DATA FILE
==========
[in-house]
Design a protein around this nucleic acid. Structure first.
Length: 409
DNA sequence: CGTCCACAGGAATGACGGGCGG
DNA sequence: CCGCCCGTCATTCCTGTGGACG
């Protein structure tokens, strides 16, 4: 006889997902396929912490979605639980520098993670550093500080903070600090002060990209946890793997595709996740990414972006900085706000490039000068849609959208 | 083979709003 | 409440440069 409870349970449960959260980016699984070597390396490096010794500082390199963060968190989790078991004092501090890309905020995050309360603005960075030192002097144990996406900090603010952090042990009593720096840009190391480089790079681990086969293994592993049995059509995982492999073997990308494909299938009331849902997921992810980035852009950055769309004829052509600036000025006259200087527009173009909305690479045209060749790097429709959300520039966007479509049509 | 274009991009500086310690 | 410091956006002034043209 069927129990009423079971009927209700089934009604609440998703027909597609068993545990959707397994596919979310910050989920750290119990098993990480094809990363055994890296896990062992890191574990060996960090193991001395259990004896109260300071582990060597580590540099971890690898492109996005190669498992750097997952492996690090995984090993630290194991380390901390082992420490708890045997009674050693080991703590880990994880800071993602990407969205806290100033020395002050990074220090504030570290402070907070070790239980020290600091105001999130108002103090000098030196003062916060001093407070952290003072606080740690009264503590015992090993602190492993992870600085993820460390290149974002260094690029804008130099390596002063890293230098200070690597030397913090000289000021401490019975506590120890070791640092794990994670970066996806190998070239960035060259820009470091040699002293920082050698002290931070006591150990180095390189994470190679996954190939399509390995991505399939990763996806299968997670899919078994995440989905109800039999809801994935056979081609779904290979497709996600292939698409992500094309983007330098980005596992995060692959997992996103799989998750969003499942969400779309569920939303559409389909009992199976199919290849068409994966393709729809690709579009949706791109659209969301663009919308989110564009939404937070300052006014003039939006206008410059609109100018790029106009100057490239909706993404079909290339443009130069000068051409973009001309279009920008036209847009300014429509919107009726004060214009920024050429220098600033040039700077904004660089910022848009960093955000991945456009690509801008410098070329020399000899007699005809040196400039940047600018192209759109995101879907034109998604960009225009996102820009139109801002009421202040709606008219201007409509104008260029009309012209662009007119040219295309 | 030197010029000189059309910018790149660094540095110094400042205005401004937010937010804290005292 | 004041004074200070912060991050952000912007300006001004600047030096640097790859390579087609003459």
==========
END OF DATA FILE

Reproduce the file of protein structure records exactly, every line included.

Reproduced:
[in-house]
Design a protein around this nucleic acid. Structure first.
Length: 409
DNA sequence: CGTCCACAGGAATGACGGGCGG
DNA sequence: CCGCCCGTCATTCCTGTGGACG
């Protein structure tokens, strides 16, 4: 006889997902396929912490979605639980520098993670550093500080903070600090002060990209946890793997595709996740990414972006900085706000490039000068849609959208 | 083979709003 | 409440440069 409870349970449960959260980016699984070597390396490096010794500082390199963060968190989790078991004092501090890309905020995050309360603005960075030192002097144990996406900090603010952090042990009593720096840009190391480089790079681990086969293994592993049995059509995982492999073997990308494909299938009331849902997921992810980035852009950055769309004829052509600036000025006259200087527009173009909305690479045209060749790097429709959300520039966007479509049509 | 274009991009500086310690 | 410091956006002034043209 069927129990009423079971009927209700089934009604609440998703027909597609068993545990959707397994596919979310910050989920750290119990098993990480094809990363055994890296896990062992890191574990060996960090193991001395259990004896109260300071582990060597580590540099971890690898492109996005190669498992750097997952492996690090995984090993630290194991380390901390082992420490708890045997009674050693080991703590880990994880800071993602990407969205806290100033020395002050990074220090504030570290402070907070070790239980020290600091105001999130108002103090000098030196003062916060001093407070952290003072606080740690009264503590015992090993602190492993992870600085993820460390290149974002260094690029804008130099390596002063890293230098200070690597030397913090000289000021401490019975506590120890070791640092794990994670970066996806190998070239960035060259820009470091040699002293920082050698002290931070006591150990180095390189994470190679996954190939399509390995991505399939990763996806299968997670899919078994995440989905109800039999809801994935056979081609779904290979497709996600292939698409992500094309983007330098980005596992995060692959997992996103799989998750969003499942969400779309569920939303559409389909009992199976199919290849068409994966393709729809690709579009949706791109659209969301663009919308989110564009939404937070300052006014003039939006206008410059609109100018790029106009100057490239909706993404079909290339443009130069000068051409973009001309279009920008036209847009300014429509919107009726004060214009920024050429220098600033040039700077904004660089910022848009960093955000991945456009690509801008410098070329020399000899007699005809040196400039940047600018192209759109995101879907034109998604960009225009996102820009139109801002009421202040709606008219201007409509104008260029009309012209662009007119040219295309 | 030197010029000189059309910018790149660094540095110094400042205005401004937010937010804290005292 | 004041004074200070912060991050952000912007300006001004600047030096640097790859390579087609003459």